The first Bible study I was ever specifically asked  by a congregation to undertake was on the parable of the “Wasteful” Manager (Luke 16),  a famous parable of Jesus which may reasonably  command  our prayerful  attention whenever we seek support and funding for environmental  action.  

The Ladies’ Fellowship in my first church were scandalised by Jesus’ parable, and felt there must have been something wrong if Jesus himself was coming over so disreputably. How could ‘Gentle Jesus, Meek and Mild’ come out with such dangerous stuff?

I certainly haven’t yet got to the bottom of it myself, ,though I’m sure that   this is going to be one of the most important Bible treasures to challenge and guide  our thinking in the coming years.

Concluding the narrative, Jesus advises the ‘Children  of the Light- with whom, as his followers, we might reasonably identify -  to learn from the craftiness of the surrounding culture. And to make use of ‘dishonest/unrighteous wealth’ to make friends with the [social or other ] environment they need to rely on.

Many assume that this  touches on  ‘selling your soul’: selling out,  ending  up promoting an agenda alien to your church, in order to access funding or favourable terms for premises or leased equipment.  

 Or, perhaps,  neglecting  the  values you profess  to stand for  in trivial but obvious ways:

Giving minor, but very real and all-too visible examples: Nestlé coffee in a declared fair-trade  church,  disposable plastic cups used on every  social occasion in a registered Eco-Congregation, or even  a denominational headquarters.  Being seen to back, without engagement or criticism, industries not yet mindful of the Paris targets.....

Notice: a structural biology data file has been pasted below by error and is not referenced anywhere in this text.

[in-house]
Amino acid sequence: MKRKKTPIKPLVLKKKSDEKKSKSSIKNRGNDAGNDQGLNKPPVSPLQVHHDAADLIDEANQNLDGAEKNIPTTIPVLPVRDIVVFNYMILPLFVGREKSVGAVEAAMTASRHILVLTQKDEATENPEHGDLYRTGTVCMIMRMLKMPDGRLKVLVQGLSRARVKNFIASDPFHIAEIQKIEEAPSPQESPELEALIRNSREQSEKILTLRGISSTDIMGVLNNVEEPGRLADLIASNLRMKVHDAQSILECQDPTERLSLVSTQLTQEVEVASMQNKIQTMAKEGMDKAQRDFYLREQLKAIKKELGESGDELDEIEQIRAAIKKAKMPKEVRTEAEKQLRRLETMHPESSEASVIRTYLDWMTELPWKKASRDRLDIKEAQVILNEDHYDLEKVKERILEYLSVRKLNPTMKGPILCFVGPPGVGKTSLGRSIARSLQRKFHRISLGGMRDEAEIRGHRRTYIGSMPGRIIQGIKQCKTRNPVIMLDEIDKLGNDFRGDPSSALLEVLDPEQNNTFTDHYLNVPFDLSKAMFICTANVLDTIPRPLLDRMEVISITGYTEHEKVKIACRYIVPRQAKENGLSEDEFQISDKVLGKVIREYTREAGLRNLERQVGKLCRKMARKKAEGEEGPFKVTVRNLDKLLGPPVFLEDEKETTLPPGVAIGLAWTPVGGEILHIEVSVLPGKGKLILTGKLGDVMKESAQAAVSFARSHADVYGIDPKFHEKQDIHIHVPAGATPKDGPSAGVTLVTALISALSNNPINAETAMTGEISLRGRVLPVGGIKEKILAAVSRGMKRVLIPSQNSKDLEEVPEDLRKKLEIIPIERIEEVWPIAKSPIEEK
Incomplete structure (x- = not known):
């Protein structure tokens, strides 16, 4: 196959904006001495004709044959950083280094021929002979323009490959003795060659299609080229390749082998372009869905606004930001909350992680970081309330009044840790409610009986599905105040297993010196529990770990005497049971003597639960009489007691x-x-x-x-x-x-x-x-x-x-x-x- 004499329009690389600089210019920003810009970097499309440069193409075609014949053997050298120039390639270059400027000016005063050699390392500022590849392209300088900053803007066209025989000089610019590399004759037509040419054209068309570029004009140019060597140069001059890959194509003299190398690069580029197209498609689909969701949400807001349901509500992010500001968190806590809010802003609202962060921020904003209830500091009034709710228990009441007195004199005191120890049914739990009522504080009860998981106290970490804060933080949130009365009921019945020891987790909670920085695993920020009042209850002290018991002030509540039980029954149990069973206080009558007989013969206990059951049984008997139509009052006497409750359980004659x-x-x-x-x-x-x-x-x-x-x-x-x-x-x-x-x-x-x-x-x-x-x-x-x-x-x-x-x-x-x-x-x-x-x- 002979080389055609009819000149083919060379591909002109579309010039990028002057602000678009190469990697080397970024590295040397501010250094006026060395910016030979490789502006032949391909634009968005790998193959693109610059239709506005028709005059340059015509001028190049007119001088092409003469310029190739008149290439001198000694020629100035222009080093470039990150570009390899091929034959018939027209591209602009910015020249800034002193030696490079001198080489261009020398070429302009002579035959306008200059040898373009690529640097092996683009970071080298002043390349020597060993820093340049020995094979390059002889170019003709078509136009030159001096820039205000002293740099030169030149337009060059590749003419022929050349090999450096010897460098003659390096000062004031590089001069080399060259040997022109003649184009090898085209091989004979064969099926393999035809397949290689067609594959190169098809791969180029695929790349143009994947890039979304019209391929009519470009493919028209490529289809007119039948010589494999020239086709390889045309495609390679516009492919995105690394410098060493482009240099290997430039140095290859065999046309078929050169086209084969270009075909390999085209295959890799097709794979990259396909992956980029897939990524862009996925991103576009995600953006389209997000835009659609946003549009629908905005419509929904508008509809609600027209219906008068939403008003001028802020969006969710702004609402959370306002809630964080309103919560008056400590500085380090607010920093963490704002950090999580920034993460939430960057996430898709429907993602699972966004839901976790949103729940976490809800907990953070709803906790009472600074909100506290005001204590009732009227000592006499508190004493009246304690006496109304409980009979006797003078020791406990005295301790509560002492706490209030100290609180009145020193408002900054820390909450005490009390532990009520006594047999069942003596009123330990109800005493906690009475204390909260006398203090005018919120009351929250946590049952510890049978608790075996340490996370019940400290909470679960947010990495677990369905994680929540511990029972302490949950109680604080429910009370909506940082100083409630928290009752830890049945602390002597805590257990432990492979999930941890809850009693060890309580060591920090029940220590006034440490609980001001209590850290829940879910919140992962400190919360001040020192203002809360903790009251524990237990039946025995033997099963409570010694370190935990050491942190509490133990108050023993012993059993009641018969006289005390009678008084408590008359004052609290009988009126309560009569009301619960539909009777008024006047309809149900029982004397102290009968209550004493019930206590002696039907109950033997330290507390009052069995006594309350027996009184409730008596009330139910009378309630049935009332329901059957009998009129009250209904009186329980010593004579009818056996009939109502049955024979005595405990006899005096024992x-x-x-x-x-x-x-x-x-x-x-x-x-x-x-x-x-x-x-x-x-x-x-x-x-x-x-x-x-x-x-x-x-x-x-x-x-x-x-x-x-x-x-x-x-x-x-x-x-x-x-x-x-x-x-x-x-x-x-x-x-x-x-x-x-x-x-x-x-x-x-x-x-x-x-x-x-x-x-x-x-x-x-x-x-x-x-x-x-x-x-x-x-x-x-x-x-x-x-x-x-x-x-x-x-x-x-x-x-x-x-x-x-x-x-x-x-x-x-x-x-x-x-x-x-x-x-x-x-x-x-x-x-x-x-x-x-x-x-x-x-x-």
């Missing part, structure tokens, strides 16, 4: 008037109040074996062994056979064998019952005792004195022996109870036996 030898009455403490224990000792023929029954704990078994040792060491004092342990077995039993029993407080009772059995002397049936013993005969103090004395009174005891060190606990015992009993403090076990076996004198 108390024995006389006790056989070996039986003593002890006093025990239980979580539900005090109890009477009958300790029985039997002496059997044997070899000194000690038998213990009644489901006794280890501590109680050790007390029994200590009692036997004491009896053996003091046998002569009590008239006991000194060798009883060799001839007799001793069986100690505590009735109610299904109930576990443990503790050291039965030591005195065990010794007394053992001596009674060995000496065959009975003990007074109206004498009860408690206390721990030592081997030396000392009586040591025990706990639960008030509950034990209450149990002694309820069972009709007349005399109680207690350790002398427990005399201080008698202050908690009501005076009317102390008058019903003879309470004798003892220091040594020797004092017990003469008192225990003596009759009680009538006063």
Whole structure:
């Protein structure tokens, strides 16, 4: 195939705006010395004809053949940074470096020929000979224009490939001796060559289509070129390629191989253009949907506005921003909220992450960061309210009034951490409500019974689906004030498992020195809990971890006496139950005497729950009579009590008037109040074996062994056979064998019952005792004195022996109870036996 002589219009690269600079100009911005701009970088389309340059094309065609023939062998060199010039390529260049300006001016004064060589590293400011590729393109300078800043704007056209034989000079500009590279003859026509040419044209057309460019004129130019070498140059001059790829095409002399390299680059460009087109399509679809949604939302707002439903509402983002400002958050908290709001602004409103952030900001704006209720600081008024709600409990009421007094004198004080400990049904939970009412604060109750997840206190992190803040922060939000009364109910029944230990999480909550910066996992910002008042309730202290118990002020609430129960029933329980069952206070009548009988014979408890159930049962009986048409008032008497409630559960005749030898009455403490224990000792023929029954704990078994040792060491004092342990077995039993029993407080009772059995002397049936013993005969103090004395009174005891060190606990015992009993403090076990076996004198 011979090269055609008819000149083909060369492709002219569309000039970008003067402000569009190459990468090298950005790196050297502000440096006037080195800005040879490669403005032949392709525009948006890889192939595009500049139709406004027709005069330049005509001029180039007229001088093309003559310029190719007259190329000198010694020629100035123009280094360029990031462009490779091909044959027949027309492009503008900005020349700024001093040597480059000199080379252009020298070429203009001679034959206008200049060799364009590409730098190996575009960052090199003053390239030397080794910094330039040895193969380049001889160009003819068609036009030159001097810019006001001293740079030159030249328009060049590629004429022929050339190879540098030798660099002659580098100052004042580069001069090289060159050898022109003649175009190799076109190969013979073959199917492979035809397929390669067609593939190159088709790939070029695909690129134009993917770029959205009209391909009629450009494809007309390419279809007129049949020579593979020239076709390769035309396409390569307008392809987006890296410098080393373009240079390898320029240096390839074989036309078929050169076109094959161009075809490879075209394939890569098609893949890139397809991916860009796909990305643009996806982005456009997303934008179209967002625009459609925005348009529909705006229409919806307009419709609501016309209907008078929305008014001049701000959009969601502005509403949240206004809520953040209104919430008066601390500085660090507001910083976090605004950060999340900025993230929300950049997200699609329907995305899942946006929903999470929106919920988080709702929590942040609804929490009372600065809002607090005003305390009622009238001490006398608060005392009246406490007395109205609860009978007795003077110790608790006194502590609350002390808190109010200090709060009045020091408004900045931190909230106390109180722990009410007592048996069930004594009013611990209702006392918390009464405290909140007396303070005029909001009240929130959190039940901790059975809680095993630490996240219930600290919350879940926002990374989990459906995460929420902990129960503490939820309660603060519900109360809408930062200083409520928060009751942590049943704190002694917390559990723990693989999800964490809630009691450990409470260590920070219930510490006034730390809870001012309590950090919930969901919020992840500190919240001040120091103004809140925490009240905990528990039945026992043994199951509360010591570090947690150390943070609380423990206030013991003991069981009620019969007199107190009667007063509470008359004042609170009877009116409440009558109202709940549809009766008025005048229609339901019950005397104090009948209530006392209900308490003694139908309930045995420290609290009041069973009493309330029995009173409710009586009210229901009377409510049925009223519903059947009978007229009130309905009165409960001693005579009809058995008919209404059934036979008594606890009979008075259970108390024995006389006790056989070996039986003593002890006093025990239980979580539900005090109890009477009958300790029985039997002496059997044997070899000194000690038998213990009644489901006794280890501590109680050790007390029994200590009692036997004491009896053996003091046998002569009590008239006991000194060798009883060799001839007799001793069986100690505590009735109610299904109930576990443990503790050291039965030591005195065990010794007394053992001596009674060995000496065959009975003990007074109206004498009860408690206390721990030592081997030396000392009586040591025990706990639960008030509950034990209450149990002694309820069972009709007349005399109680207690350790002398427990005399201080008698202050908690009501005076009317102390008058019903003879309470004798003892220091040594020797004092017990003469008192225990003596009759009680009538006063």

This issue of integrity  is actually dealt with elsewhere, [Mark 8:36, Matthew 16:26]. But not here.

The story of the crafty manager is not about such things.   He  hasn’t got “that sort of soul  so it is never on sale.   It is his  alleged wastefulness, not corruption,  that sets in progress a chain of irreversible events.  He is given notice. 

Are we, globally, in a similar position?  The IPCC message of ‘Act now, idiots!’  has set a clock ticking which should concentrate our minds.

The wealth of his master is the “unrighteous” wealth with which he has to deal, and indeed, that’s where the corruption comes in: it’s what he is already charged with looking after, when, accepting the coming disaster of his destitution,  he realises he needs to engineer a comfortable transition.   

He is well equipped.

His job, and perhaps ours thus far, has been to be “Steward of Dishonest Wealth ”.  Propping up the system which exploits. And in this, his bargaining skills, his knowledge of market conditions, have prepared him for the uncertainties ahead.  The  realism of the  wheeler-dealer 

in him comes to the fore in bargaining and creative compromise as, neither solving nor fleeing the crisis, he makes friends with it.  Transforms it. 

Our wastefulness as a species, compounded by human injustice,  means that we are veering   towards environmental crisis. Even  1.5 degrees, the minimum  global  temperature rise which seems possible, will already involve dramatic changes in our lives. Not just those of future generations.  No participant in current society should deceive themselves that they are not contributing  to the climate crisis; none are squeaky-clean. So what can we do with the things within our grasp?  

How can we subvert  the  throwaway culture of inequality and endless growth  by making friends with the environment which has so  suffered from human sharp  practice, and on whose hospitality we all of us continue  to depend?